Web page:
President Bush, challenging evidence presented in the trial of former Lt. Col. Oliver L. North, denied Thursday that he took part in any Ronald Reagan Administration effort in 1985 to offer U.S. aid to Honduras in direct exchange for that country's assistance to Nicaragua's Contras.
"The word of the President of the United States, George Bush, is there was no quid pro quo, " the President declared in his first public response to evidence presented at the North trial.
"There has been much needless, mindless speculation about my word of honor--and I've answered it, now, definitively," he added.
Bush not only denied that he personally discussed a quid pro quo with then-Honduran President Roberto Suazo Cordova when they met in Honduras in 1985, but he said that there was no such agreement between the two governments "as far as I know, to my knowledge."
So sweeping and categorical was Bush's denial that it appeared likely to escalate the controversy over his alleged involvement in the deal.
Among the documents presented at the North trial was a 1985 memo signed by then-President Reagan approving the quid pro quo. A subsequent memo discussing the reciprocal deal carried a hand-written notation by John M. Poindexter, then Reagan's national security adviser, saying that "we want VP (Bush) to also discuss this matter with Suazo."
"It's not easy to reconcile those documents with the President's statement," said Rep. Lee H. Hamilton (D-Ind.), former chairman of the House Iran-Contra investigating committee.
Since the memos were made public during the North trial, Bush has been dogged by questions about whether he complied with Poindexter's wishes when he traveled to Honduras later in the year.
Sharp questions also have been asked in Congress about why the Reagan Administration failed to provide these documents to the investigating committees. Until Thursday, Bush had refused to answer any questions on grounds that his response might affect the North trial.
But once it was learned that the North jury had reached a verdict, Bush appeared eager to answer, discussing the matter with reporters while bidding goodby to Canadian Prime Minister Brian Mulroney at the diplomatic entrance of the White House. In fact, he made his statement a few minutes before the North verdict was announced.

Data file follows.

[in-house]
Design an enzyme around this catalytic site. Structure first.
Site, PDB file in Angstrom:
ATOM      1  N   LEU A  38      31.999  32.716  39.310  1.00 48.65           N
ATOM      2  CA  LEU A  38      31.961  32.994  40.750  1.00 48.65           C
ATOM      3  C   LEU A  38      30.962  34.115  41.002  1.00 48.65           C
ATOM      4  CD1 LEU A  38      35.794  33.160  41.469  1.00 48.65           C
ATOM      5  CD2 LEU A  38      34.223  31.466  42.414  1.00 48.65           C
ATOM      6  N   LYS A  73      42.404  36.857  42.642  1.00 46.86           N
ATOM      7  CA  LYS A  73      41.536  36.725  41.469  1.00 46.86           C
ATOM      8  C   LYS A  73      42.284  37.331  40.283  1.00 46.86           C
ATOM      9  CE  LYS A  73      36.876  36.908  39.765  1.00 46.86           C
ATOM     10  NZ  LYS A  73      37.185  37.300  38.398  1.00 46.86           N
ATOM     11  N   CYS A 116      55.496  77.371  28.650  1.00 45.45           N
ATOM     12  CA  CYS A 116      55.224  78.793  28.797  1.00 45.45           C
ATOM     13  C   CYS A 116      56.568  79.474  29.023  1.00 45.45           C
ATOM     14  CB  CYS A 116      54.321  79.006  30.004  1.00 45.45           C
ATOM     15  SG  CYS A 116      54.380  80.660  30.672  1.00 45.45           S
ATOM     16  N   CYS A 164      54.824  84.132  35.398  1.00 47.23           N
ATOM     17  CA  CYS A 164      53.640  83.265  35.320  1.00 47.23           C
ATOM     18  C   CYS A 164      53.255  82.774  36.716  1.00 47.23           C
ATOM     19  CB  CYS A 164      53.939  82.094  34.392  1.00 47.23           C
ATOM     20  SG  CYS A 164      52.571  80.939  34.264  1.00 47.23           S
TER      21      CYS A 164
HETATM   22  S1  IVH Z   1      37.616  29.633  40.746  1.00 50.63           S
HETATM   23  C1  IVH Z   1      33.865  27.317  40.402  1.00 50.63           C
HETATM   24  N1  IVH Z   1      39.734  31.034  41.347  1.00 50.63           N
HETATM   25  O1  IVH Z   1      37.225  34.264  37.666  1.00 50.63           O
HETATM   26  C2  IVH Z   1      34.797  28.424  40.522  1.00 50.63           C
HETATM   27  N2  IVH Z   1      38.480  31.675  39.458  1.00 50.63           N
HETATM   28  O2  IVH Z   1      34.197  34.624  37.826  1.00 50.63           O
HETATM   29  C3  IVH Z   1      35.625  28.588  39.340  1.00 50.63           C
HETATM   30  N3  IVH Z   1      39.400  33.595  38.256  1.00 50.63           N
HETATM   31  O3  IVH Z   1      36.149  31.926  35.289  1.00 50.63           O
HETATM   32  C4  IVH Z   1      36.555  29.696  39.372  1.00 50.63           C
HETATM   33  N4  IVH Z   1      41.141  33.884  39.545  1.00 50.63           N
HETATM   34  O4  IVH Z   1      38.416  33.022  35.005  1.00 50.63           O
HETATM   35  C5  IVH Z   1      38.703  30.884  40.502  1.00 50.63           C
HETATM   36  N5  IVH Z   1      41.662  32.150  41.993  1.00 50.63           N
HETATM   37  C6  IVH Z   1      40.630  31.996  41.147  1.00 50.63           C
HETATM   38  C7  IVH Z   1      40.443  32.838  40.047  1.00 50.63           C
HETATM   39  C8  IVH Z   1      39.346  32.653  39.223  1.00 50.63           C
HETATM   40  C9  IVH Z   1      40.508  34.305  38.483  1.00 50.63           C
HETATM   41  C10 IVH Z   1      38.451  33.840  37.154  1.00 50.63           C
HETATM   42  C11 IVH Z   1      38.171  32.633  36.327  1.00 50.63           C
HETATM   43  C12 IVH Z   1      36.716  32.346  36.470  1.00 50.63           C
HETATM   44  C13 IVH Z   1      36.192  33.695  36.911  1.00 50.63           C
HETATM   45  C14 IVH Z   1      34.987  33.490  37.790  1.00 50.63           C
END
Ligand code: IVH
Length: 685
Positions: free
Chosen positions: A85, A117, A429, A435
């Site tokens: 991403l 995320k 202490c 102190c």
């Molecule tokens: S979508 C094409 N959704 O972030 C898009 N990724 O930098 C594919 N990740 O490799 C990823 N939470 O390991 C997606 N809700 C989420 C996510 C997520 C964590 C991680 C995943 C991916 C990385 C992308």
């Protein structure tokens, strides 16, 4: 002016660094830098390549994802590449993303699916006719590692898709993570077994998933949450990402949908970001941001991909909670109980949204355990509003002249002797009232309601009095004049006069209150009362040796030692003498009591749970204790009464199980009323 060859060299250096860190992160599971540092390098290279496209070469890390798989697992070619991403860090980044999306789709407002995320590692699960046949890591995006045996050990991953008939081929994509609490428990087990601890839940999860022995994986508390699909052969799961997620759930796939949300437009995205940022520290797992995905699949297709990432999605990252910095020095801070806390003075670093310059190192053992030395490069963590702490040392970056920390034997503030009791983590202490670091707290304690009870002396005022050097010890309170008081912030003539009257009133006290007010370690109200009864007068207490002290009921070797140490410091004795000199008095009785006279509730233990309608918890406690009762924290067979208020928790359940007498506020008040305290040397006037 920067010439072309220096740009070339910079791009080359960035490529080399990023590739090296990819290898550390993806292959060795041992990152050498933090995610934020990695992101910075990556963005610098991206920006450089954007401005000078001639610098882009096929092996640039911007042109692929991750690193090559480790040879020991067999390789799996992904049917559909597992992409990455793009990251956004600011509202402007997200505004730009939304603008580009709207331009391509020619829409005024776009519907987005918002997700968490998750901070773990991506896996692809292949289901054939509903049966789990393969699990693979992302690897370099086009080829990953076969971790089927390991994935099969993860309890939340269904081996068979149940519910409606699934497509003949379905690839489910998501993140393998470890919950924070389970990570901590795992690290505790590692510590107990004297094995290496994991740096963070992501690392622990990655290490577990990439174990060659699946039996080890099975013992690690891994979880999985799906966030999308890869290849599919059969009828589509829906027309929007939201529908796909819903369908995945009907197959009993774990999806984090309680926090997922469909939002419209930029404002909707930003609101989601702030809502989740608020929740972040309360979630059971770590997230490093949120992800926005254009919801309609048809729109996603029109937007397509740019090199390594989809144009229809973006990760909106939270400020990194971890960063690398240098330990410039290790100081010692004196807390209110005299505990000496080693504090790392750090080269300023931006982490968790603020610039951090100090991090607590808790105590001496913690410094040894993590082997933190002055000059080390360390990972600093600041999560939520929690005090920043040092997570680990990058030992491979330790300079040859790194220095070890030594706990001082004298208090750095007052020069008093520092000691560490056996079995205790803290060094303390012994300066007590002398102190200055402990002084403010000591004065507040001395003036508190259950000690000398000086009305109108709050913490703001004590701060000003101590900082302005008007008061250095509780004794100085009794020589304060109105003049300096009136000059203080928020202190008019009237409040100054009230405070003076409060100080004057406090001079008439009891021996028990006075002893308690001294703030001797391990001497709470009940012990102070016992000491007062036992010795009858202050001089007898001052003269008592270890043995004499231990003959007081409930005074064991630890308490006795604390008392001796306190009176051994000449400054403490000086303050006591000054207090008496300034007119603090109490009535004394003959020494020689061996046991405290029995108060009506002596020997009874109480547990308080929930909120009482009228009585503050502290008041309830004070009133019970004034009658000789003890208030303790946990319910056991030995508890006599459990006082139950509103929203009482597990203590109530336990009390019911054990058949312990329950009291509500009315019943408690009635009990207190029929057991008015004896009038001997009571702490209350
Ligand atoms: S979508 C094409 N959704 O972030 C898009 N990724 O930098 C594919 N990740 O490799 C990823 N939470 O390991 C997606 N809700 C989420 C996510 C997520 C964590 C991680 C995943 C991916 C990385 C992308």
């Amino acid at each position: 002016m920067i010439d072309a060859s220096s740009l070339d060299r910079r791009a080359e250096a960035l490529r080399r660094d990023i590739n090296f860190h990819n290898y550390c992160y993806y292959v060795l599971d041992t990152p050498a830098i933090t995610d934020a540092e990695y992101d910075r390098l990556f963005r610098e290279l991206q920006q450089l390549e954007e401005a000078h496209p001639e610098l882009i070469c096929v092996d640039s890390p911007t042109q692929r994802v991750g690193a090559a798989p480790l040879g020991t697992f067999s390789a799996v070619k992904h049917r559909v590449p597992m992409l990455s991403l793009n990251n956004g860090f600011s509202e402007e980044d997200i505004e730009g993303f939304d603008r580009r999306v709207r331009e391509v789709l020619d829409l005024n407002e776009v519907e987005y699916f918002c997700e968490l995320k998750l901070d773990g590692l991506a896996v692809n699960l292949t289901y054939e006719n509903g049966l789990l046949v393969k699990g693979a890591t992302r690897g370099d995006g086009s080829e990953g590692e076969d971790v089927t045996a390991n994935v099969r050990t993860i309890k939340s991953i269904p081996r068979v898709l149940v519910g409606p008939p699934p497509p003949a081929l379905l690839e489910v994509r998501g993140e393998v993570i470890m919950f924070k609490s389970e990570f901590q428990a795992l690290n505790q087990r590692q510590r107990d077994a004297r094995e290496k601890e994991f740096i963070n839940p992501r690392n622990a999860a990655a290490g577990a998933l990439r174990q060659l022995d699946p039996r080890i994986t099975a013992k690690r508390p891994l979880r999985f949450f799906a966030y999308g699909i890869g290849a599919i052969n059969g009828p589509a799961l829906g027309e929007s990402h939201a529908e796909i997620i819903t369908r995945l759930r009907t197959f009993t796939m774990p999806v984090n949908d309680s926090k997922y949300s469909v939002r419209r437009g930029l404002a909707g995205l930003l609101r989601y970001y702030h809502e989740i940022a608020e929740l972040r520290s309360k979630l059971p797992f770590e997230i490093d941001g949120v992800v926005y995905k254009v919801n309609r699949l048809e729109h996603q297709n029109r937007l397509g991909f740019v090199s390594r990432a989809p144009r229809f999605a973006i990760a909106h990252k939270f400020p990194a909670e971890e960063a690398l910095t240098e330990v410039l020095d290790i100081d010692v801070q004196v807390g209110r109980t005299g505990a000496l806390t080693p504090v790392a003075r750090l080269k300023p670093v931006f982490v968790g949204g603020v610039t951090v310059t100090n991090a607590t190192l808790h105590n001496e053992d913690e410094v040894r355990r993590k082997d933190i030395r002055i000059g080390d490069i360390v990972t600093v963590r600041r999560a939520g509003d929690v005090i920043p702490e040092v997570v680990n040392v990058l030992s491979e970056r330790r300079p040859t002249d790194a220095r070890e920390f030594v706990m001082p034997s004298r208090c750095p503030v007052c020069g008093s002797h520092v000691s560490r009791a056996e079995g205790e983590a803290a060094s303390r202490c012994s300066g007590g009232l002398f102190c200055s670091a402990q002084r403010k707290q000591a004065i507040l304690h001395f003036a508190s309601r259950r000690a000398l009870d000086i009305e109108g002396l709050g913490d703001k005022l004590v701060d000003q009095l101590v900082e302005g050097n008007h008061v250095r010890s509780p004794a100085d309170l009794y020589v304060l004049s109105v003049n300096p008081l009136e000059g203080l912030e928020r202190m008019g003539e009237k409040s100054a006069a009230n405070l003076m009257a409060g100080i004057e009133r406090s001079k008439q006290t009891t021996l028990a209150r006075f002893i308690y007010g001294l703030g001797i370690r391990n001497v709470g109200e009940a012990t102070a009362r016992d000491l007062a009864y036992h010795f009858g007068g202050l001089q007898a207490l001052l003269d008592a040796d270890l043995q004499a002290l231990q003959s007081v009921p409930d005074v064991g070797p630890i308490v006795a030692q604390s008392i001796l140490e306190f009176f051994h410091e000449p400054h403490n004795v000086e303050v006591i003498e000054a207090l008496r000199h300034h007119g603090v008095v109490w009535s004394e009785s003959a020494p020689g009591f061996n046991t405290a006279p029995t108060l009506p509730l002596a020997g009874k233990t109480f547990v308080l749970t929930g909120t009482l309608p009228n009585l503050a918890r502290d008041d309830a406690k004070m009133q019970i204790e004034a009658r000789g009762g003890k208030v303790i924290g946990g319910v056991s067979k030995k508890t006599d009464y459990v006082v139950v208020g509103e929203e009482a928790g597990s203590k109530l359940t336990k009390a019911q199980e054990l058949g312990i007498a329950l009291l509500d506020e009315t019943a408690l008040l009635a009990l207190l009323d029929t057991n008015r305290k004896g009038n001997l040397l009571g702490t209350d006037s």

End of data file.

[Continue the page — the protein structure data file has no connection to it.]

Specifically, Bush denied that the subject of a quid pro quo was mentioned at his meeting with Suazo. "The records of that meeting demonstrate that there was no quid pro quo, " he said. ". . . No implication, no quid pro quo, direct or indirect, from me to the President of Honduras on that visit."
Indeed, there is no independent evidence that Bush brought up the quid pro quo at the meeting, even though Poindexter clearly wanted the vice president to do so. Then-U.S. Ambassador to Honduras John D. Negroponte, who attended the meeting, has said that no such deal was discussed.
But the President did not confine his remarks to the meeting and members of Congress seemed most surprised by his statement that he had no knowledge of a quid pro quo. Not only do the memos suggest that Bush was informed of Reagan's decision to press for such a deal but congressional investigators long have assumed that such an arrangement existed, since Honduras received expedited economic aid from the United States in 1985 after agreeing to continue assisting the Contras.
In 1985, after Congress cut off direct U.S. aid to the Contras, Honduran officials made no secret of their desire for more economic aid from Washington in exchange for the risk they were taking by providing sanctuary to the Contras along their common border with Nicaragua.
A top investigator for the Iran-Contra committees, who declined to be identified by name, suggested that Bush's categorical denial was based on a narrow definition of what constitutes a quid pro quo between two countries. He suggested that Bush may be defining U.S. aid to Honduras as an "incentive" instead.
Often Draws Distinction
"One person's quid pro quo is another person's normal diplomacy," he noted. "The government has often drawn a distinction between 'incentives' and quid pro quos. "
Both the House and Senate intelligence committees are currently investigating why the congressional Iran-Contra panels never received many of the documents pertaining to the Honduran deal. Bush pledged to cooperate with this inquiry "in every way requested."
The President said that he already had told the congressional investigators to contact A.B. Culvahouse, who was Reagan's White House counsel during the 1987 Iran-Contra investigation, and added: "Hopefully, they can resolve it between themselves."
"I am going to insist that the congressional committees . . . be briefed fully on the confidential cables that bring up every fact of that meeting," Bush added.
Hamilton said that Congress has a responsibility to pursue an explanation because the lesson of the Iran-Contra scandal is that the White House cannot be trusted to volunteer the full truth.